The year of 2013 was big for me. I’ve probably said that about many other years, though. The year I started high school, the year I graduated high school and went away to college, the year I discovered television production, the year I graduated college… I keep thinking that those years where all the big stuff happens all at once are behind me. I keep thinking that life will level out and I will find my niche and all will continue smoothly without surprises or upsets. I keep thinking I’ll find that comfort zone.
I believe that I am a person who likes to have things figured out. I like plans, to-do lists, and the predictability of a schedule. But when I think about this past year, nothing I did was in “the Plan.” I’m not even sure what that plan was or where it originated, but I know that I never saw myself here.
After this year, though, I’ve realized that life is not about finding your comfort zone. It’s about getting away from it. Life is about change and struggle and loss and love. It’s about the journey. This past year held many firsts, was full of uncertainty and doubt, and overflowed with changes. I was as far from my comfort zone as I could be, and yet it was one of the best years of my life.
In January, I started my first full-time job at a nonprofit organization called Steeltown Entertainment Project. I fell in love with their idealistic dreams and the glamour of the film world as an intern and welcomed the challenge of learning everything I could about production and about working in a nonprofit.
I was living at home with my parents at the time, to save what little money I could. They cooked, cleaned and did the laundry, and I lived a comfortable post-grad life for a little while.
Within a few months, however, I realized that my administrative assistant job was not the right fit for me and I had bigger dreams. But I was stuck. I felt suffocated by my parents and frustrated with my job. Piles of student loans weighed heavily on my mind with interest adding up by the minute. My meager nonprofit earnings didn’t allow me to save much. My boyfriend lived four hours away and visiting him was draining, both on my bank account and my patience. By mid-summer, the 1998 Chevy Lumina that had gotten me through college finally died and I had to buy a new car. And that was the last straw.
I remember feeling like I couldn’t get anything right. Mostly, I felt like I had spent a lot of time, money and energy on a four-year college education and it wasn’t getting me anywhere.
Then, miraculously, things started working out. I met some amazing UD alumni in the area and started helping out on the board of the UD Pittsburgh Alumni Club to plan social events. I started apartment hunting online and visited places in the city with my mom. Then we actually walked into the perfect place and signed the lease the very same day. I bought a car and didn’t end up completely broke. My boyfriend moved in to the Shadyside apartment with me.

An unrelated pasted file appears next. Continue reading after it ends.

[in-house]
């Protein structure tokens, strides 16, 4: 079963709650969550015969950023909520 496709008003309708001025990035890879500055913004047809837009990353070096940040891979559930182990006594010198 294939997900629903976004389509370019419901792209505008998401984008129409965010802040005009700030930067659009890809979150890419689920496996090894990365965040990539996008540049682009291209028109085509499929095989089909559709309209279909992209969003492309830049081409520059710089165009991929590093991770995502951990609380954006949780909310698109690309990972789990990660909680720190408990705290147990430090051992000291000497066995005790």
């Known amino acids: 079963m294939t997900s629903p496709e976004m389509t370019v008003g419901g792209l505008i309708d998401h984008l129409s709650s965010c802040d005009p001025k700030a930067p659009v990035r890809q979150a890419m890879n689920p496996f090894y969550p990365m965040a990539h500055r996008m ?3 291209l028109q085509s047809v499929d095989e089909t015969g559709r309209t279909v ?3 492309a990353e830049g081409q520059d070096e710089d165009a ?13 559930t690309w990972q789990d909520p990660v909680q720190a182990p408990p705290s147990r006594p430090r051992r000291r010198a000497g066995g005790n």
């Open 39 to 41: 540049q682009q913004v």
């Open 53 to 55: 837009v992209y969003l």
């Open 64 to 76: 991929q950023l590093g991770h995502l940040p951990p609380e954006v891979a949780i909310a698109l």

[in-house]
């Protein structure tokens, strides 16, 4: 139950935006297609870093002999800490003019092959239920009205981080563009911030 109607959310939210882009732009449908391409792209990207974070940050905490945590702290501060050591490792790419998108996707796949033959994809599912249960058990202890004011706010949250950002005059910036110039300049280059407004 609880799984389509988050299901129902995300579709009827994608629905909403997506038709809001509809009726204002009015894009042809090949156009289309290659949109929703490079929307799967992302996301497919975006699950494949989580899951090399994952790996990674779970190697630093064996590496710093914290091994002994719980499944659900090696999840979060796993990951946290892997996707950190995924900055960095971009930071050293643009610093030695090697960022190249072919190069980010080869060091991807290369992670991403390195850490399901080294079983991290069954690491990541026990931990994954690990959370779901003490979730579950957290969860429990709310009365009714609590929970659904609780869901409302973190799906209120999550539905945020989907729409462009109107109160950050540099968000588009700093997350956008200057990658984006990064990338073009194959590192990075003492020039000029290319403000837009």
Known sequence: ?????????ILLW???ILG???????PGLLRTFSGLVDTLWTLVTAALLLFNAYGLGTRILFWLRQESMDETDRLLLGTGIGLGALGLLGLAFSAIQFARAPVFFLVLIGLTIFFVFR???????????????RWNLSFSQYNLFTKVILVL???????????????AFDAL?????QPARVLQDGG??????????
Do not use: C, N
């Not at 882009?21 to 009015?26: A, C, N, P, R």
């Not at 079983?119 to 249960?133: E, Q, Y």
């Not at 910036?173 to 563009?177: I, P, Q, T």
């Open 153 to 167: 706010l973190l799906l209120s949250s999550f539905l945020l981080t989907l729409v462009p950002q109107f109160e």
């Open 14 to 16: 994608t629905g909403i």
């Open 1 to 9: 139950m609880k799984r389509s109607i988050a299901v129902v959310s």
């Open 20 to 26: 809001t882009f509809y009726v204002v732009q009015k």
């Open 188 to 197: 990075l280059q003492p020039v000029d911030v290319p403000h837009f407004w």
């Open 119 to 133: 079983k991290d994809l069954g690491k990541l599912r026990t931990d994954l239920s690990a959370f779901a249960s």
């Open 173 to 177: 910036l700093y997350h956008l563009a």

Things were turning around, but my job was still at a standstill. As much as I hated it, I was worried that I wasn’t qualified for anything else. Job postings for marketing positions looked like they’d be right up my alley, but I hadn’t taken any marketing classes and I didn’t have any experience. I thought about going back to school, but without any money, that wasn’t possible. I really did like most of the people I worked with, so I convinced myself it was fine to stay there for a year or two.
I periodically threw out a few resumes, believing they would probably get passed over anyway. Then in August a phone call came from Beyond Spots & Dots. They said they had my resume from June and wanted an interview.
Then began the most nerve-wracking few weeks of my life. I got the job, I handed in my two-weeks notice at Steeltown and moved on to the next chapter of my life.
This past year, I know I had some lulls, hit some bumps, and made some changes. I didn’t expect to ever live in my own apartment in Shadyside, or be the Vice President of the UD Pittsburgh Alumni Club, or work at an advertising agency. But now that I’m here, I wouldn’t want to be anywhere else.
It is hard to make changes in your life. You can stay in your comfort zone and be mildly satisfied with your current situation or you can make something better happen. I may like having plans and lists, but it’s these times of change when I figure out what I’m made of.
It takes guts to try new things or to make a life-changing decision and stick to it. It also takes guts to do small things. This is when you step up to the plate. This is when you show up, or you’re out.
But being gutsy is not all about the things you do. It’s about who you were and who you have become. It’s about seeing things differently because new experiences have given you a new perspective. It’s about the journey to discover the person you are meant to be.
Getting gutsy is all about stepping outside your comfort zone to reach your goals. I’m participating in Jessica Lawlor’s #GetGutsy Essay Contest. To get involved and share your own gutsy story, check out this post for contest details.